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National Museum of Archaeology and History - Kildare Street, Dublin, Ireland
Posted by: Groundspeak Premium Member Master Mariner
N 53° 20.430 W 006° 15.290
29U E 682756 N 5913662
Quick Description: The museum is housed in a lovely building close to the heart of Irish government. It is the national repository for all archaeological objects found in Ireland and the home to over two million artefacts.
Location: Dublin, Ireland
Date Posted: 12/8/2012 11:06:22 AM
Waymark Code: WMFWG0
Published By: Groundspeak Regular Member Tharandter
Views: 11

Long Description:

The Tourist Information Dublin website [visit link] tells us:

"The National Museum of Ireland (Ard-Mhúsaem na hÉireann - Seandálaíocht" in Irish) is housed over 4 sites as follows:

  •     Archaeology, Kildare Street, Dublin 2
  •     Decorative Arts & History, Collins Barracks, Benburb Street, Dublin 7
  •     Natural History, Merrion Street, Dublin 2
  •     Country Life, Turlough Park, Castlebar, Co. Mayo

The Archaeology department features displays on prehistoric Ireland, including early work in gold, church treasures and the Viking and medieval periods. Special exhibitions are regularly mounted.

The Archaeology section of the National Museum of Ireland houses such famous pieces as the 8th century Ardagh Chalice (pictured), the shrine of St Patrick's Bell from the 11th century (pictured) and the Tara Brooch, as well as the Broighter Gold Hoard and the Derrynaflan Hoard, all beautiful examples of early medieval metalwork in Ireland, as well as prehistoric ornaments from the Bronze Age in Ireland. Many of these pieces were found in the 19th century by peasants or agricultural labourers, when population expansion led to cultivation of land which had not been touched since the Middle Ages. Indeed, only for the intervention of George Petrie of the Royal Irish Academy, and other individuals from the Royal Society of Antiquaries of Ireland, most of the metalwork would have been melted down for the intrinsic value of its materials, and these priceless, historic items lost forever."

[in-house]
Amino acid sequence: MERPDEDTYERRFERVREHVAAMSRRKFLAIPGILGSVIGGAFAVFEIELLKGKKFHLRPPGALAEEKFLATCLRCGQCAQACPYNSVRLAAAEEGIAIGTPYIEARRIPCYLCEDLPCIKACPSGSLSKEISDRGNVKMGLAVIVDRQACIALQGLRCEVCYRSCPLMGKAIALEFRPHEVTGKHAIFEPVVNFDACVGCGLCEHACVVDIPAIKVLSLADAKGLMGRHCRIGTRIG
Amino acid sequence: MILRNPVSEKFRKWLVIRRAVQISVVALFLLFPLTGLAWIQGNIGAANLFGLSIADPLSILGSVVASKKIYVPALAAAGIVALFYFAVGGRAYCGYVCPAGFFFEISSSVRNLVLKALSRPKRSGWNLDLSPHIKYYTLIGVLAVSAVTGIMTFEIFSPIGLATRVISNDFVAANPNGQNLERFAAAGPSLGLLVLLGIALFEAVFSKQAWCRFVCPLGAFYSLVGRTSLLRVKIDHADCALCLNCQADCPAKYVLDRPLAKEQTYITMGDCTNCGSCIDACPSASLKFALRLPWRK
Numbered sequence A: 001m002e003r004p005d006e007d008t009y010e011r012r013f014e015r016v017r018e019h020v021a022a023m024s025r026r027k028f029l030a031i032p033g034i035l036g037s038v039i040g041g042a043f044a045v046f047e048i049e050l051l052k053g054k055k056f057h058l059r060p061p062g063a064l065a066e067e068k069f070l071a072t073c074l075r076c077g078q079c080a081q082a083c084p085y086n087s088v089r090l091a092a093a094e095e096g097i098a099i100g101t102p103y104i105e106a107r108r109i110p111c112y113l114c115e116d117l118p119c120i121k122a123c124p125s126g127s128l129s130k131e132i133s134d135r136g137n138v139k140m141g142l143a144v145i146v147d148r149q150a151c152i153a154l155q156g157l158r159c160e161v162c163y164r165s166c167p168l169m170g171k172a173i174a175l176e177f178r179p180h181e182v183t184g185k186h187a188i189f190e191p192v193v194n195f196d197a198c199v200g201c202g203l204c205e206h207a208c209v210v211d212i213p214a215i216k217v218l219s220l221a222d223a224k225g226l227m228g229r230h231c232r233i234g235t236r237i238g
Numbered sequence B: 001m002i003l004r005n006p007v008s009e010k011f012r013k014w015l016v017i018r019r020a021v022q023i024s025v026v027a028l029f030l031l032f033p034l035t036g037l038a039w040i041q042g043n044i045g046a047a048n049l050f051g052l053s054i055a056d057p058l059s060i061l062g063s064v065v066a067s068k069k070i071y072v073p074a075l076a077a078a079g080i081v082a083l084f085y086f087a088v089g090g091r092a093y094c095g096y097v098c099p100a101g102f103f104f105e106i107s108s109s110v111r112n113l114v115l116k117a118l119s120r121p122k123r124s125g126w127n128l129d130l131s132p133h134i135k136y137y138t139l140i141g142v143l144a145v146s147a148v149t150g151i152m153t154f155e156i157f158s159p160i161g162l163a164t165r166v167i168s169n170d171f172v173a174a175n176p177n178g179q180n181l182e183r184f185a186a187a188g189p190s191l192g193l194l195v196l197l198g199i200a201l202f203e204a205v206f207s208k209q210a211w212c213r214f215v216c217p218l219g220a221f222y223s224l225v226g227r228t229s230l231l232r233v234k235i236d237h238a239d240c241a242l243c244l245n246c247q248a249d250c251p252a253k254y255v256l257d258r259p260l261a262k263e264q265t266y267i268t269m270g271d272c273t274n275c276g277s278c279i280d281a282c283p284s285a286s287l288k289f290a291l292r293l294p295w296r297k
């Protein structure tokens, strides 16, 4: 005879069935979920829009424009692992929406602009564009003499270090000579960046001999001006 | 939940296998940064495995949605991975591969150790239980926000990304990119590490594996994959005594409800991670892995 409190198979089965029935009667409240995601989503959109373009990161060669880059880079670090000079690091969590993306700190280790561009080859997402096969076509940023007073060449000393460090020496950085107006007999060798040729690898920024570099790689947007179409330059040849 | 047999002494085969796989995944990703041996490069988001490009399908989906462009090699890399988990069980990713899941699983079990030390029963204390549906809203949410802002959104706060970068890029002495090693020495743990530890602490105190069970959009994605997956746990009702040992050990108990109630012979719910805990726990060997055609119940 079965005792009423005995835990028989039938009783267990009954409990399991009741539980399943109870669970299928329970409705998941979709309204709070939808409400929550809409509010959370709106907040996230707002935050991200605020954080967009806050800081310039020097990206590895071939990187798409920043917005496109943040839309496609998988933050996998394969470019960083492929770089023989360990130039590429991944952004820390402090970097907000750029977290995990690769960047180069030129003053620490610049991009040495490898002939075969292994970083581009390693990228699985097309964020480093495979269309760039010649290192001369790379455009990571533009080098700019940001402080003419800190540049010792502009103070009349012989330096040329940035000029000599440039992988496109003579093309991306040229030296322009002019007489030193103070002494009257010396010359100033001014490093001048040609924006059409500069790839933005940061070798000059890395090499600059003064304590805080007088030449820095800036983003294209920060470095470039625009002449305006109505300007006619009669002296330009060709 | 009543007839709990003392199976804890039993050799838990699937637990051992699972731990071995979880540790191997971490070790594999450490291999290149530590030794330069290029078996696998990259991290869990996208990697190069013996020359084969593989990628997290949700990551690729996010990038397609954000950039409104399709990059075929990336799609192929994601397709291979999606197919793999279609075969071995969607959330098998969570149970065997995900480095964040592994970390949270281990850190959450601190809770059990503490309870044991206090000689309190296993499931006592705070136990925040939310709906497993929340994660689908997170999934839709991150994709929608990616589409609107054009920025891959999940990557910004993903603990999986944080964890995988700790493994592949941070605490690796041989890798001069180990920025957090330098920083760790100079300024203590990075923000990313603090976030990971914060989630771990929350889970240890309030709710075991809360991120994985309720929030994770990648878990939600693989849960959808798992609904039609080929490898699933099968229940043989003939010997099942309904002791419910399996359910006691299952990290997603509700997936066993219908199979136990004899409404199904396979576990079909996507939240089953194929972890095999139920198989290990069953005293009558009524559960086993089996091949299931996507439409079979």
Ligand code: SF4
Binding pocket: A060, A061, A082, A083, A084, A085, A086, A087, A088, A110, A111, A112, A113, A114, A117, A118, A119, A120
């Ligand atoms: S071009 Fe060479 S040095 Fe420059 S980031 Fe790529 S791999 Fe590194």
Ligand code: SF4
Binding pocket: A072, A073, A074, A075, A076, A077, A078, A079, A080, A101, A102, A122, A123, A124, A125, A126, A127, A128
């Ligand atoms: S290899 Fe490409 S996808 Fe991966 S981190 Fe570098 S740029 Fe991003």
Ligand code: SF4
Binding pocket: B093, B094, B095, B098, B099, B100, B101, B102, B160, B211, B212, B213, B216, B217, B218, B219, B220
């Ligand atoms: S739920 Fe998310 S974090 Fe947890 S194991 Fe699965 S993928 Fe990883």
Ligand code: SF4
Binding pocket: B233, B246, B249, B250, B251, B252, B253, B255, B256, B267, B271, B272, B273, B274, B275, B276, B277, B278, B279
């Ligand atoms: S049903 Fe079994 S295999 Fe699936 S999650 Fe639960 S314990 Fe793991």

The museum's website [visit link] further tells us:

"The National Museum of Ireland was founded under the Dublin Science and Art Museum Act of 1877. Previously, the Museum’s collections had been divided between Leinster House, originally the headquarters of the Royal Dublin Society, and the Natural History Museum in Merrion Street, built as an extension to Leinster House in 1856 - 1857. Under the Act, the government purchased the museum buildings and collections. To provide storage and display space for the Leinster House collections, the government quickly implemented plans to construct a new, custom-built museum on Kildare Street and on 29 August 1890, the new museum opened its doors to the public.

The Building

The building, designed by Cork architects Thomas Newenham Deane and his son Thomas Manly Deane, is an architectural landmark. It is built in the Victorian Palladian style and has been compared with the Altes Museum in Berlin, designed by Karl Schinkel in the 1820s. Neo-classical influences can be seen in the colonnaded entrance and the domed rotunda, which rises to a height of 20 metres and is modelled on the Pantheon in Rome. Within the rotunda, classical columns – made of marble quarried in Counties Cork, Kilkenny, Galway, Limerick and Armagh – mirror the entrance.

In the great centre court, a balcony is supported by rows of slender cast-iron columns with elaborate capitals and bases decorated with groups of cherubs. On the balcony, further rows of plain columns and attractive openwork spandrels support the roof.

The interior is richly decorated with motifs that recall the civilisations of ancient Greece and Rome. Splendid mosaic floors depict scenes from classical mythology, of which the zodiac design in the rotunda is especially popular with visitors.

Particularly lavish are the majolica fireplaces and door surrounds manufactured by Burmantofts Pottery of Leeds, England, and the richly carved wooden doors by William Milligan of Dublin and Carlo Cambi of Siena, Italy. "

The "Official Tourism" URL link to the attraction: [Web Link]

The attraction’s own URL: [Web Link]

Hours of Operation:
Tuesday - Saturday: 10am - 5pm Sunday: 2pm - 5pm Closed Mondays, Christmas Day and Good Friday


Admission Prices:
Free


Approximate amount of time needed to fully experience the attraction: Half of a day (2-5 hours)

Transportation options to the attraction: Personal Vehicle or Public Transportation

Visit Instructions:

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Recent Visits/Logs:
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